Evidence of altered metabolism of cellular membranes in bipolar disorder comorbid with post-traumatic stress disorder

Faramarz Jabbari-zadeh, Bo Cao, Jeffrey A. Stanley, Yang Liu, Mon Ju Wu, Jonika Tannous, Mizuki Lopez, Marsal Sanches, Benson Mwangi, Giovana B. Zunta-Soares, Jair C. Soares

Research output: Contribution to journalArticlepeer-review

1 Scopus citations


In proton magnetic resonance spectroscopy (¹H MRS) studies, aberrant levels of choline-containing compounds that include glycerophosphocholine plus phosphocholine (GPC+PC), can signify alterations in the metabolism of cellular membrane phospholipids (MPLs) from a healthy baseline. In a recent ¹H MRS study, we reported increased GPC+PC in cortical and subcortical areas of adult patients with bipolar disorder I (BP-I). Post-traumatic stress disorder (PTSD) can worsen the severity of BP-I, but it is unclear whether the effect of a PTSD comorbidity in BP-I is associated with altered MPL metabolism. The purpose of this study was to re-investigate the ¹H MRS data to determine whether the regional extent of elevated GPC+PC was greater in BP-I patients with PTSD (BP-I/wPTSD) compared to BP-I without comorbid PTSD (BP-I/woPTSD) patients and healthy controls. GPC+PC levels from four brain areas [the anterior cingulate cortex (ACC), anterior-dorsal ACC, caudate, and putamen] were measured in 14 BP-I/wPTSD, 36 BP-I/woPTSD, and 44 healthy controls using a multi-voxel 1H MRS approach on a 3 Tesla system with high spatial resolution and absolute quantification. Results show a significant increase in GPC+PC levels from the caudate and putamen of BP-I/wPTSD patients compared to healthy controls (P<0.05) and in the putamen compared to BP-I/woPTSD patients (P<0.05). These findings are consistent with evidence of elevated degradation of MPLs in the neuropil that is more pronounced in BP-I patients with comorbid PTSD.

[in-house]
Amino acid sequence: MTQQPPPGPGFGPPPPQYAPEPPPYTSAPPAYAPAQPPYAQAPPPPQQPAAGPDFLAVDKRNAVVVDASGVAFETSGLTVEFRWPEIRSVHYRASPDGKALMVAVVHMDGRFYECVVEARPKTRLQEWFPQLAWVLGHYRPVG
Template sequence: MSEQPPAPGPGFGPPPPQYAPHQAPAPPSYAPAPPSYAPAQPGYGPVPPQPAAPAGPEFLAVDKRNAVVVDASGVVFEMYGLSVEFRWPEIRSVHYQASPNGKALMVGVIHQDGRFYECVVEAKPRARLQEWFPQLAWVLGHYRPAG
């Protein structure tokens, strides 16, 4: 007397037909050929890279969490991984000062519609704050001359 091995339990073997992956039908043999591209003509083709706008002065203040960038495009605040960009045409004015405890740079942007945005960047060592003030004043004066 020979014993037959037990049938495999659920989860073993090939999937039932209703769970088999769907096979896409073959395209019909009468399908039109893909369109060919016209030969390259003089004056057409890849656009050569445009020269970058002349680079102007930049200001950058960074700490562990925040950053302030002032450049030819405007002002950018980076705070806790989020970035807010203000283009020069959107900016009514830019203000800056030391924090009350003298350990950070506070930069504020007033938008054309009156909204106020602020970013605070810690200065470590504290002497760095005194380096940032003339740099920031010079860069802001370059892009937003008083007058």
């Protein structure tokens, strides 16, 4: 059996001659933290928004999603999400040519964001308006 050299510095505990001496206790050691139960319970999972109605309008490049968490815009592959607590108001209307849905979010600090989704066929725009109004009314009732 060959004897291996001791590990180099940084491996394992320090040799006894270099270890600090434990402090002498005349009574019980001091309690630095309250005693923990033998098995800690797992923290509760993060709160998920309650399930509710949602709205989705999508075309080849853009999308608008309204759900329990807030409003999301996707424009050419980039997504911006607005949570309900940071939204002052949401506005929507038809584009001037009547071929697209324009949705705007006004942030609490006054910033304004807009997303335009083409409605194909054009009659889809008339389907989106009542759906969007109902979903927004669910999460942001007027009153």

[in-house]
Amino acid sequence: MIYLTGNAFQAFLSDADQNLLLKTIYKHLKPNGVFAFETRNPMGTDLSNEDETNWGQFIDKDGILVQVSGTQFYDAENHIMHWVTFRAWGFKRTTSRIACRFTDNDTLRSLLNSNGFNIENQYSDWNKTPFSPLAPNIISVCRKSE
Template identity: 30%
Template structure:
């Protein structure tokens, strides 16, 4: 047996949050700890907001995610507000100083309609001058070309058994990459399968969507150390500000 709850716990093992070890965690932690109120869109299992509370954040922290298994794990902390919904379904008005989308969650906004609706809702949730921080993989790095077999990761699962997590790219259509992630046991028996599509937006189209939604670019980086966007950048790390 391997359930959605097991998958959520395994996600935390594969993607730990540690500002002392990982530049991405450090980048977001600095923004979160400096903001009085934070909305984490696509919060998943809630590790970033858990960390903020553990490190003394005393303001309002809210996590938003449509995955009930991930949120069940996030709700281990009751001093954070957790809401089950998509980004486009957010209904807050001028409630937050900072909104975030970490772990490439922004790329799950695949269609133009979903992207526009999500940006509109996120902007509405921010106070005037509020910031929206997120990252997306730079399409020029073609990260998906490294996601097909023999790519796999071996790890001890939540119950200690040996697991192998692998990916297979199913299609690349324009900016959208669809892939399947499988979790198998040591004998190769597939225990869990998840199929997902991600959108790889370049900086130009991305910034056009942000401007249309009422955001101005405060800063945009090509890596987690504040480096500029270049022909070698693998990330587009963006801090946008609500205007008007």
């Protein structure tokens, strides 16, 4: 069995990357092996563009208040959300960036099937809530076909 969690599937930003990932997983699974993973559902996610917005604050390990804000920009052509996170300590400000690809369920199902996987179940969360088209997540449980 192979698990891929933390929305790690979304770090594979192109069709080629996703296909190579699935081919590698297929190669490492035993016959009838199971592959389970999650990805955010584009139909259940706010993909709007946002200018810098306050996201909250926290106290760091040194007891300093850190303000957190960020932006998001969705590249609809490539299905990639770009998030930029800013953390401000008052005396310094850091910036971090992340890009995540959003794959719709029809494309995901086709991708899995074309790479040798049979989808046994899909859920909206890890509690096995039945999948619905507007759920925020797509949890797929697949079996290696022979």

Original languageEnglish (US)
Pages (from-to)81-87
Number of pages7
JournalJournal of Affective Disorders
StatePublished - Jun 15 2021

ASJC Scopus subject areas

  • Clinical Psychology
  • Psychiatry and Mental health


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